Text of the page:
Hargrave 45 Page 2
45 — By Capt. Patrick Sciacca — March 2002
|Part 2: Hargrave 45 continued|
Such exhaustive attention to detail is not limited to construction. I gazed down the steps leading to the engine room and noticed the Racor fuel filters parallel with the first step, which means they can be serviced from the cockpit. As someone who's often had to climb into a hot engine room to check fuel filters forward, I appreciated the value of this smart move.
But this was only an inkling of this boat's clever design. As I perused the engine room, offering 4'0" headroom, Cantlay explained that the Cats are almost completely serviceable from inboard. The only thing outboard is the port-side raw-water pump and the starboard alternator. To access the pump you simply remove the air filter, and it's a clean run forward. The alternator access is equally straightforward, and in fact I could maneuver my 5'7" frame around the entire engine room with ease.
Everything here is clearly labeled for quick identification, and access to all switches, all shut-offs, and the quick connect/disconnect for boat-to-boat fuel transfer are within arm's reach. I also noticed the relative coolness of the engine room even though we'd been running at speed for a while. The reason for this, I was told, is two eight-inch, 110-volt, axial fans running at about 3600 rpm that can circulate the entire engine room air volume in 30 seconds. Since the fuel-return lines are cooler (with the help of an additional chiller), you should always get maximum power out the engines regardless of the ambient atmospheric temperature.
In fact, the only thing that slowed our boat down was the Pipewelders tower, but given the bird's-eye view of fish it affords--not to mention providing a great place from which to shoot speed numbers and observe her running angle--I'd have the tower anyway. As the 45 hit her top speed of 34.9 mph, I could watch the six-inch-wide spray rails deflect spray down and out. Working my way back down to the helm station, I peered out over the highly cambered foredeck and saw that she was dry.
Taking the wheel, I put the 45 through her paces. The power-assisted Hynautic hydraulic steering felt like driving my car, and acceleration was smooth throughout the rpm range. The one picking point I had with the 45 was running at wide-open throttle, where her running angle is about 5 degrees. For someone of my height, that leaves somewhat obscured sight lines. Of course, this was without tab, so an adjustment of the Lectrotabs solved this issue, albeit at some increase in drag. The 45 turned in about a boat length with little banking. At drift her roll was gentle, due in part to her wide chines. At WOT the 45 hit 2150 rpm (2300 is the Cat's maximum rating), and each 3406E burned 31 gph instead of the rated 40 gph. After I consulted Caterpillar, three possibilities arose. One is that she may be overpropped. Two, her throttles may have prohibited from going fully forward. The third possibility is that the display was reading lower-than-actual fuel burn. Caterpillar said it has had some problems with low readings on the 3406E's Marine Power Display and is currenly working out the bug.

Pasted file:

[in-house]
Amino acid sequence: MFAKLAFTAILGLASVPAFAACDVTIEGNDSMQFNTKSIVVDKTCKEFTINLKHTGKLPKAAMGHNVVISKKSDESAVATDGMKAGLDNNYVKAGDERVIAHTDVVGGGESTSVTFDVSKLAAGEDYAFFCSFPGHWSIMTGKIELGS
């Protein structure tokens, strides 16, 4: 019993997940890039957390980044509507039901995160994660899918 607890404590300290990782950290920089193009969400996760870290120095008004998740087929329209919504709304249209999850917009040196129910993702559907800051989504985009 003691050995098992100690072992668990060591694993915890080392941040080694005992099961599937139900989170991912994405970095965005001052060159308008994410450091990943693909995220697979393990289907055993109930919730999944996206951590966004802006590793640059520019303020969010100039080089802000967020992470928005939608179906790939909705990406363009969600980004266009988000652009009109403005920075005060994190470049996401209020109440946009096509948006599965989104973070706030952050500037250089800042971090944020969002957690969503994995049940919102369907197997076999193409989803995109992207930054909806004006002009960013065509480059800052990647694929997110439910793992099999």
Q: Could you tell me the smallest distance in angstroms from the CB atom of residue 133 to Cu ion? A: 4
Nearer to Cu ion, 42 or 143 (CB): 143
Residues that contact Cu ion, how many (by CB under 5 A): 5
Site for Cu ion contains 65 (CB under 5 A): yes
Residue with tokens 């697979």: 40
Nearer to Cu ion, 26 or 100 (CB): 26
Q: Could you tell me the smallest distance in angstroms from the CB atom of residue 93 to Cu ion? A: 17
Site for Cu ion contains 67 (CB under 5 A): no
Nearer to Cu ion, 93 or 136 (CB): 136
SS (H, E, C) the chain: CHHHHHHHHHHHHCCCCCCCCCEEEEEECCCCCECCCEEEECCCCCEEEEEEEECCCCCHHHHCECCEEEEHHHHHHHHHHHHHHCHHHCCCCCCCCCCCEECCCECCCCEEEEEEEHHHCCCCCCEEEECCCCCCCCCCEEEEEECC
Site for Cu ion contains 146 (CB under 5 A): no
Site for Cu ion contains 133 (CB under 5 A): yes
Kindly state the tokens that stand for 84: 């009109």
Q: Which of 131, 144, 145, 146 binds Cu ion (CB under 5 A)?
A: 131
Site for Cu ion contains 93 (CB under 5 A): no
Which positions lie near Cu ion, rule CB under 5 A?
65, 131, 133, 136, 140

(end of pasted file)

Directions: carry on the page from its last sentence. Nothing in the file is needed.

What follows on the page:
I also spent some time in her 117-square-foot cockpit, where I noticed a lack of diesel fumes. Cantlay explained that the reverse tumblehome and side-dumping dry exhaust, which exits via 10-inch outlets, get the credit.
The cockpit is armed for anglers, with a 45-gallon circulating transom livewell, tackle center with sink and freezer, and 8'Lx2'Wx18"D fishbox. There is also a plate for a fighting chair and fresh- and saltwater washdowns and connections for shore power and cable on either side because, as Cantlay told me, "You never know which side you'll be getting power from."
But the cockpit is not the only place to have fun on this boat. Rough and rugged as she is on the outside, the 45 is comfy below decks. There's 6'6" headroom and a U-shape galley to port with four-burner Thermador ceramic cooktop, two Sub-Zero refrigerators, and Sharp microwave/convection oven. A fair number of cabinets can hold stores for a long trip, and the lounge to starboard offers a great view of the 20-inch Sony TV to port. All cherry wood is varnished with polyester for durability. The master stateroom forward offers a queen-size berth. The head abaft the master and to port has a separate shower with 6'6" headroom and Sealand vacuum MSD.
After the test Mike Joyce, president of Hargrave, told me that the 45 is just the first in a series of sportfishermen the builder is launching. A 48 flying bridge is being designed now, and a 65-plus-footer is also in the works. I imagine this series will adhere to the strict guidelines set forth by the construction of the 45. If it does, Hargrave just might be setting the standard for other extreme machines.
Hargrave Custom Yachts Phone: (954) 463-0555. Fax: (954) 463-8621. www.hargrave-usa.com.
This article originally appeared in the January 2003 issue of Power & Motoryacht magazine.